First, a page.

Getting off track when it comes to paying employees can lead to a downshift in profits, which no one wants, especially during shifting times. “Every dollar counts right now,” says Michele DiMeo, founder and CEO of Squisito Pizza & Pasta, a fast-casual Italian franchise with 10 locations in Maryland and Virginia.
Fortunately, the flipside is true: a streamlined system can reduce payroll costs and lead to higher profit margins. Use these guidelines as a checklist to see where improvements could be made to maximize every resource.
Start with the Basics
Consistency is key when it comes to an efficient payment system. “Set a payroll cycle and stick to it,” says Charlette Beasley, a careers and workplace analyst at FitSmallBusiness.com. If you decide every Friday will be payday, or if you establish that checks will be sent every two weeks, staff members will know when to expect their wages. “If you’re working with a payroll provider, take note of the direct deposit processing time so no one receives their money late,” Beasley adds. “Some providers require a four-day lead time, which means you have to process payroll at least four days before you want your employees to receive the funds.”
If you have drivers, make sure a policy is in place for filling up with gas. “The simplest route would be to have a company credit card they can use when they need to refill,” Beasley says. If you ask drivers to cover the cost of gas themselves and then reimburse them, you’ll want a system that allows them to submit the number of miles they drive each shift. “This will enable you to do a reasonableness check to ensure the mileage was spent on business trips versus personal,” Beasley says.
For tip-earning employees, check that it’s easy for them to report their tips for every shift. You might print of copies of the IRS Daily Tip Reporting Form and ask staff members to fill one out every day. If your system makes it possible to enter tips electronically, set reminders for workers to report tips when their shift ends.
Keep Track of Time
Without a time clock in place, “on average, 10 percent of wages are wasted,” says Charles Read, president and CEO of GetPayroll in Lewisville, Texas. This means if you ask staff members to simply write down on a card the time they come in and when they leave, you’ll likely spend 110 percent of what you should be paying for their hourly wages.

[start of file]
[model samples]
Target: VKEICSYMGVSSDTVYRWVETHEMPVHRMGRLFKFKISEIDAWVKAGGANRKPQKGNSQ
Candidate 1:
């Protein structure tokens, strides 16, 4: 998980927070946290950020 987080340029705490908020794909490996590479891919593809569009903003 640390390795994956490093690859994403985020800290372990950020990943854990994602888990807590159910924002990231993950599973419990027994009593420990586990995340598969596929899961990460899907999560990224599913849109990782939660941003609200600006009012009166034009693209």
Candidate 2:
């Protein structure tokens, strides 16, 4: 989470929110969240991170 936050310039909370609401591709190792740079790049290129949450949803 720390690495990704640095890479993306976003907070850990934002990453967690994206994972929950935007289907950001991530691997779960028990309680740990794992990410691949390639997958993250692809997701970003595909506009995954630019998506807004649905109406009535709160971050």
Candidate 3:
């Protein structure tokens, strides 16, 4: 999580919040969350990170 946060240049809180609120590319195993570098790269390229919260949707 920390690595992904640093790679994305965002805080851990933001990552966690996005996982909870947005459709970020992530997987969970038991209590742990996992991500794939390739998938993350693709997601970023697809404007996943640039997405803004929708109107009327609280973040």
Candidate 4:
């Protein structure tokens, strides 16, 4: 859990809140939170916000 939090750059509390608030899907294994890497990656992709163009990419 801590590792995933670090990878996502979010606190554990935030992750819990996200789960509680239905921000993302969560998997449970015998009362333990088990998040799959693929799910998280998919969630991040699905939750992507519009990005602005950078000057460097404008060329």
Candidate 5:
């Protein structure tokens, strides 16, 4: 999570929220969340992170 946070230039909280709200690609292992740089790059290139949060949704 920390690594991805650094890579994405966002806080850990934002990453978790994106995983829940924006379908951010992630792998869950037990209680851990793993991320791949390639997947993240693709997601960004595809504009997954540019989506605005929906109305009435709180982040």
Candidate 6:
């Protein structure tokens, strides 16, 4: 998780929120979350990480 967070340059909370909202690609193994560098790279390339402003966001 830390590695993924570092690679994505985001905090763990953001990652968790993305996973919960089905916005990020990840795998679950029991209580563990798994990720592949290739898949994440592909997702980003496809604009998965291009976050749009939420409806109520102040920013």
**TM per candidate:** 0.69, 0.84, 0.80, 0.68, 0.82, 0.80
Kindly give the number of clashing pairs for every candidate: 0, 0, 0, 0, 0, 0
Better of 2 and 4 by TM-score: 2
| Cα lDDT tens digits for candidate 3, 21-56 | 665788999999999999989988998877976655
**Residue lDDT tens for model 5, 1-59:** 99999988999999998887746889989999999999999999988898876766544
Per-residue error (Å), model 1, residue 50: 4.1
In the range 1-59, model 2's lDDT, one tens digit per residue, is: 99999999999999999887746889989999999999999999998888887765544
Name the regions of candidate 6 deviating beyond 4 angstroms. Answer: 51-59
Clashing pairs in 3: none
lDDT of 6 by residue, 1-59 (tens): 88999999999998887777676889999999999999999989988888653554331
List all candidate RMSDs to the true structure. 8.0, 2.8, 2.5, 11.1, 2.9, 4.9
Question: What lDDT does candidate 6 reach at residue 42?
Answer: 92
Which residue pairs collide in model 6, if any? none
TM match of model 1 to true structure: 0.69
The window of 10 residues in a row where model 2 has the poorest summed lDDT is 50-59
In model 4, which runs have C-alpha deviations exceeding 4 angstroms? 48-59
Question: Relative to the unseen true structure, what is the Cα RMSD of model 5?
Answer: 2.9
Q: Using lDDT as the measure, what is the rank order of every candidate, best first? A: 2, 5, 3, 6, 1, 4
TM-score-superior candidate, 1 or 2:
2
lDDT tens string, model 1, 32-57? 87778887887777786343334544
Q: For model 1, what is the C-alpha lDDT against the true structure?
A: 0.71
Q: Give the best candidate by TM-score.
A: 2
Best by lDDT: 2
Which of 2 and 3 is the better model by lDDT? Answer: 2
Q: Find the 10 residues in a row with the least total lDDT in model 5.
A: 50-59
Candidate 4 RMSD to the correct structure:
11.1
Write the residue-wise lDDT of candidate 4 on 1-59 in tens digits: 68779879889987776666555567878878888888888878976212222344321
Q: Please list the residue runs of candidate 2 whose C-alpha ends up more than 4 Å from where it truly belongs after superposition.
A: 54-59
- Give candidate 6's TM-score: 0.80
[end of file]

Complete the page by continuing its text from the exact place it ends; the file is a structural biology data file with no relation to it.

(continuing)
To correctly align wages with the number of hours worked, consider technology that helps record time. “A biometric clock prevents buddy punching,” Read says. This type of clock scans an employee to check for unique physical characteristics, such as their fingerprint, to verify the worker’s identity.
If your payroll system allows employees to swipe a card to check in and out electronically, you’ll still want to manually review their working times. You might find, for instance, that a worker forgot to swipe their card at the end of the shift, making it appear they worked for an extraordinarily long shift, like 24 hours.
Ensure Legal Compliances
If you manually calculate employee paychecks and the amount of taxes due, check that you’re using the most up-to-date tax tables. “The IRS tax rates can change on an annual basis,” Beasley says.
For places with more than a handful of employees, a payroll system or service can sort out the different federal, state and local tax requirements. “They provide payroll tax support by automating deductions and tax withholdings from employee wages, and remitting the correct amount to the various tax agencies based on the latest payroll tax regulations,” says Mark Dockham, president of Intrepid Payroll, Inc.
Payroll services can also manage annual tax forms. “When tax season rolls around, they create, distribute and file W-2s for employees or 1099s for independent contractors,” Dockham says. “Tax management services might also include 940 and 941 filings, W-2 and W-3 processing, state withholding and unemployment.”
Clearly Communicate Policies
Once you have your payroll system in place, write out the guidelines for employees in a policy manual or handbook. “Every aspect of how you pay your employees should be covered in detail,” Read says. Include information about pay rates, tax requirements, tip policies, overtime, time keeping, pay periods and pay dates, and payment on termination. Also list how employees are paid, such as through checks or a direct deposit.
When you hire staff, ask them to read and sign the manual or handbook. “Having policies for your employees that they have read and acknowledged at the beginning of employment reduces turnover, disagreements, misunderstandings and other unpleasant aspects of dealing with upset workers,” Read says. If you make changes to the way you do payroll, update the manual and ask employees to sign it again. This will allow state and federal labor offices to see you have written contracts with employees that outline your current policies.
Rachel Hartman is a freelance writer who covers small business, finance and lifestyle topics.